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Continental 737-300 Cockpit Question  
User currently offlineArtsyman From United States of America, joined Feb 2001, 4745 posts, RR: 34
Posted (8 years 3 weeks 6 days 15 hours ago) and read 9801 times:

In looking at some of the photos, it appears that this aircraft (in continental's configuration) does not seem to have wx radar, and also doesn't seem to have the radar that shows other aircraft in the vicinity. I do know that the 737-300 series aircraft built after 1990 have both, but these don't seem to.


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Am I missing something ?

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User currently offlineNonfirm From United States of America, joined Sep 2005, 434 posts, RR: 0
Reply 1, posted (8 years 3 weeks 6 days 14 hours ago) and read 9786 times:

The part you see there is just the blanking plate.



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 airplane 


User currently offlineTristarSteve From Sweden, joined Nov 2005, 4068 posts, RR: 33
Reply 2, posted (8 years 3 weeks 6 days 13 hours ago) and read 9779 times:

I think the question is why do these B733 have mechanical ADI and HSI? You can see the weather radar on the pedestal. Most B733 have EADI and EHSI same as B734, but these must be early B733 without it. Are there many B733 built like this? or was this special for CO?

User currently offlineJamman From United Kingdom, joined May 2007, 142 posts, RR: 0
Reply 3, posted (8 years 3 weeks 6 days 9 hours ago) and read 9747 times:

Could it have been for an easier transition of 200 series crews or maintance reasons?

I've seen the steam engine gauges in 300's before but never the ADI's and HSI's.

[Edited 2006-11-24 14:53:11]


Phoning it in from a place with no phones.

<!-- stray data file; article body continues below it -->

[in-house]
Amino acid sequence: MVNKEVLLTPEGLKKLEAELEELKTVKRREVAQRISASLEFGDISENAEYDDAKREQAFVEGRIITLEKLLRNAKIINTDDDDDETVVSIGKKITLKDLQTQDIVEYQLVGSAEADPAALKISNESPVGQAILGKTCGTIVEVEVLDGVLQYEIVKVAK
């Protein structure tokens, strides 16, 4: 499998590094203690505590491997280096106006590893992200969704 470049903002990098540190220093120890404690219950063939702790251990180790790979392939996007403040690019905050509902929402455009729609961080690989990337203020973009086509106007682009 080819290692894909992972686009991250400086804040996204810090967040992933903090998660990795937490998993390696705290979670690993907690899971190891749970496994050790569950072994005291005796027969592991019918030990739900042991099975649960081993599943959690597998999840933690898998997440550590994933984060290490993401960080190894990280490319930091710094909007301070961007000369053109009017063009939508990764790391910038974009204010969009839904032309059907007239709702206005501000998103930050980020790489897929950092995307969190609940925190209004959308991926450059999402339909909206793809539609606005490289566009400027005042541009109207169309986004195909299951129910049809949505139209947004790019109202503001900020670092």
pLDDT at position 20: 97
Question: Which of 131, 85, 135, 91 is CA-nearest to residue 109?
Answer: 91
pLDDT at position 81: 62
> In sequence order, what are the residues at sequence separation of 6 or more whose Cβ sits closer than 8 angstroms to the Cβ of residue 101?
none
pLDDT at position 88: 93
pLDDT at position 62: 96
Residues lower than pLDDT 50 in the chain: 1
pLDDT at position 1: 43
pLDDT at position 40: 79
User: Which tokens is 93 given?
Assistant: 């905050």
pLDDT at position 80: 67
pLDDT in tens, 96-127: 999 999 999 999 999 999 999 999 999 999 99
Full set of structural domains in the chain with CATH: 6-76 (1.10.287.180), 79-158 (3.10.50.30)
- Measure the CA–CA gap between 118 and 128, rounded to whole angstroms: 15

User currently offlineHAWK21M From India, joined Jan 2001, 31702 posts, RR: 56
Reply 4, posted (8 years 3 weeks 6 days 8 hours ago) and read 9739 times:

The Weather Radar is on P9 centre.
The older B733 had the Older ADI & HSI.The later versions had the EADI & EHSI which were optional.
For A fleet of B732 & B733 it served the purpose of commonality.

regds
MEL



Think of the brighter side!
User currently offlineCdfMxTech From United States of America, joined Jul 2000, 1341 posts, RR: 26
Reply 5, posted (8 years 3 weeks 6 days 6 hours ago) and read 9716 times:

There were some EFIS B737-300s in the fleet. They have since been retired.

User currently offlineSlamClick From United States of America, joined Nov 2003, 10062 posts, RR: 68
Reply 6, posted (8 years 3 weeks 6 days 6 hours ago) and read 9710 times:

Quoting Jamman (Reply 3):
easier transition of 200 series crews

Not a CO pilot but that is a likely explanation. The US FAA is not likely to approve pilots jumping back and forth between semi-glass and iron gauges. They might well allow them to fly both -200 (with JT-8D) and -300 (with CFM-56) but not the different style flight instrument. Something similar seems to be going on at Southwest where they use their full glass cockpit to simulate pictures of round gauges.